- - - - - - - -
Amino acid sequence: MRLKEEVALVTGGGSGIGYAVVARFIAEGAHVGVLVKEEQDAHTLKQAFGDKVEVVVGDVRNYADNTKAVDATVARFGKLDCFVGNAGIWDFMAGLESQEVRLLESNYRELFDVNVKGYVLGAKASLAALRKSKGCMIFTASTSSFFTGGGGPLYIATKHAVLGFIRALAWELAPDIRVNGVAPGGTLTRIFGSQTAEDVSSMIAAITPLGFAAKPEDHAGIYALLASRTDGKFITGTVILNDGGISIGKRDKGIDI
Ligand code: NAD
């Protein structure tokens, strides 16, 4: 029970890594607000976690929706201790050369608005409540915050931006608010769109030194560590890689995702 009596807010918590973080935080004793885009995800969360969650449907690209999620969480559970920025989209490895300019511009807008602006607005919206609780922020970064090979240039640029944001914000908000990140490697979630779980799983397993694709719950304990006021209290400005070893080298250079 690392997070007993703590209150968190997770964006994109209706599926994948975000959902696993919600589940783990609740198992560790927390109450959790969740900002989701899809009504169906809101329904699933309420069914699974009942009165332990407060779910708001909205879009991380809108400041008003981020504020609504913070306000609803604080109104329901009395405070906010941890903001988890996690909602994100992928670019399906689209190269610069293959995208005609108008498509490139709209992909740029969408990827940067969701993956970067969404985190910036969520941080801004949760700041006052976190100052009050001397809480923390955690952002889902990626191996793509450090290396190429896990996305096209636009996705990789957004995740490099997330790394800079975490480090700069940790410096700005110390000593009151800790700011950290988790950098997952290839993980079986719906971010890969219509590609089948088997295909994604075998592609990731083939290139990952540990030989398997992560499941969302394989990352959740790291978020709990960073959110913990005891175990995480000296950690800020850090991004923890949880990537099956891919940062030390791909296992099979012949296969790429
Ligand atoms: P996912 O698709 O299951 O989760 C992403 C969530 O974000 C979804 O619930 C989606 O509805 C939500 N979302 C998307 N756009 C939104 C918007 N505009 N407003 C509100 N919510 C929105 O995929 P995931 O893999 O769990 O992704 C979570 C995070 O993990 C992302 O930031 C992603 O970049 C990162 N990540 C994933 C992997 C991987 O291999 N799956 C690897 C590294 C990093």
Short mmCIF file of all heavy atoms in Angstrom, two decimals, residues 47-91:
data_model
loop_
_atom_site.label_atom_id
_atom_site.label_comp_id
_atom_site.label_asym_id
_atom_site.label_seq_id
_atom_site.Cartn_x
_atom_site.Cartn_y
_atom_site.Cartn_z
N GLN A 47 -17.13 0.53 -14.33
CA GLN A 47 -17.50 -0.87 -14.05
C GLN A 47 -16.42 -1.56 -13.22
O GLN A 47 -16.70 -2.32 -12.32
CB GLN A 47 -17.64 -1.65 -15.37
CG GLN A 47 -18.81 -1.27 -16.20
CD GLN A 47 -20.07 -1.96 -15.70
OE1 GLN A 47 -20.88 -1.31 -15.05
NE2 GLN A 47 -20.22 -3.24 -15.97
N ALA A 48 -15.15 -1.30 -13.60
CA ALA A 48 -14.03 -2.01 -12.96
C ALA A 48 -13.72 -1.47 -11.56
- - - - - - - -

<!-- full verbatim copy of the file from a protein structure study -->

Amino acid sequence: MRLKEEVALVTGGGSGIGYAVVARFIAEGAHVGVLVKEEQDAHTLKQAFGDKVEVVVGDVRNYADNTKAVDATVARFGKLDCFVGNAGIWDFMAGLESQEVRLLESNYRELFDVNVKGYVLGAKASLAALRKSKGCMIFTASTSSFFTGGGGPLYIATKHAVLGFIRALAWELAPDIRVNGVAPGGTLTRIFGSQTAEDVSSMIAAITPLGFAAKPEDHAGIYALLASRTDGKFITGTVILNDGGISIGKRDKGIDI
Ligand code: NAD
């Protein structure tokens, strides 16, 4: 029970890594607000976690929706201790050369608005409540915050931006608010769109030194560590890689995702 009596807010918590973080935080004793885009995800969360969650449907690209999620969480559970920025989209490895300019511009807008602006607005919206609780922020970064090979240039640029944001914000908000990140490697979630779980799983397993694709719950304990006021209290400005070893080298250079 690392997070007993703590209150968190997770964006994109209706599926994948975000959902696993919600589940783990609740198992560790927390109450959790969740900002989701899809009504169906809101329904699933309420069914699974009942009165332990407060779910708001909205879009991380809108400041008003981020504020609504913070306000609803604080109104329901009395405070906010941890903001988890996690909602994100992928670019399906689209190269610069293959995208005609108008498509490139709209992909740029969408990827940067969701993956970067969404985190910036969520941080801004949760700041006052976190100052009050001397809480923390955690952002889902990626191996793509450090290396190429896990996305096209636009996705990789957004995740490099997330790394800079975490480090700069940790410096700005110390000593009151800790700011950290988790950098997952290839993980079986719906971010890969219509590609089948088997295909994604075998592609990731083939290139990952540990030989398997992560499941969302394989990352959740790291978020709990960073959110913990005891175990995480000296950690800020850090991004923890949880990537099956891919940062030390791909296992099979012949296969790429
Ligand atoms: P996912 O698709 O299951 O989760 C992403 C969530 O974000 C979804 O619930 C989606 O509805 C939500 N979302 C998307 N756009 C939104 C918007 N505009 N407003 C509100 N919510 C929105 O995929 P995931 O893999 O769990 O992704 C979570 C995070 O993990 C992302 O930031 C992603 O970049 C990162 N990540 C994933 C992997 C991987 O291999 N799956 C690897 C590294 C990093």
Short mmCIF file of all heavy atoms in Angstrom, two decimals, residues 47-91:
data_model
loop_
_atom_site.label_atom_id
_atom_site.label_comp_id
_atom_site.label_asym_id
_atom_site.label_seq_id
_atom_site.Cartn_x
_atom_site.Cartn_y
_atom_site.Cartn_z
N GLN A 47 -17.13 0.53 -14.33
CA GLN A 47 -17.50 -0.87 -14.05
C GLN A 47 -16.42 -1.56 -13.22
O GLN A 47 -16.70 -2.32 -12.32
CB GLN A 47 -17.64 -1.65 -15.37
CG GLN A 47 -18.81 -1.27 -16.20
CD GLN A 47 -20.07 -1.96 -15.70
OE1 GLN A 47 -20.88 -1.31 -15.05
NE2 GLN A 47 -20.22 -3.24 -15.97
N ALA A 48 -15.15 -1.30 -13.60
CA ALA A 48 -14.03 -2.01 -12.96
C ALA A 48 -13.72 -1.47 -11.56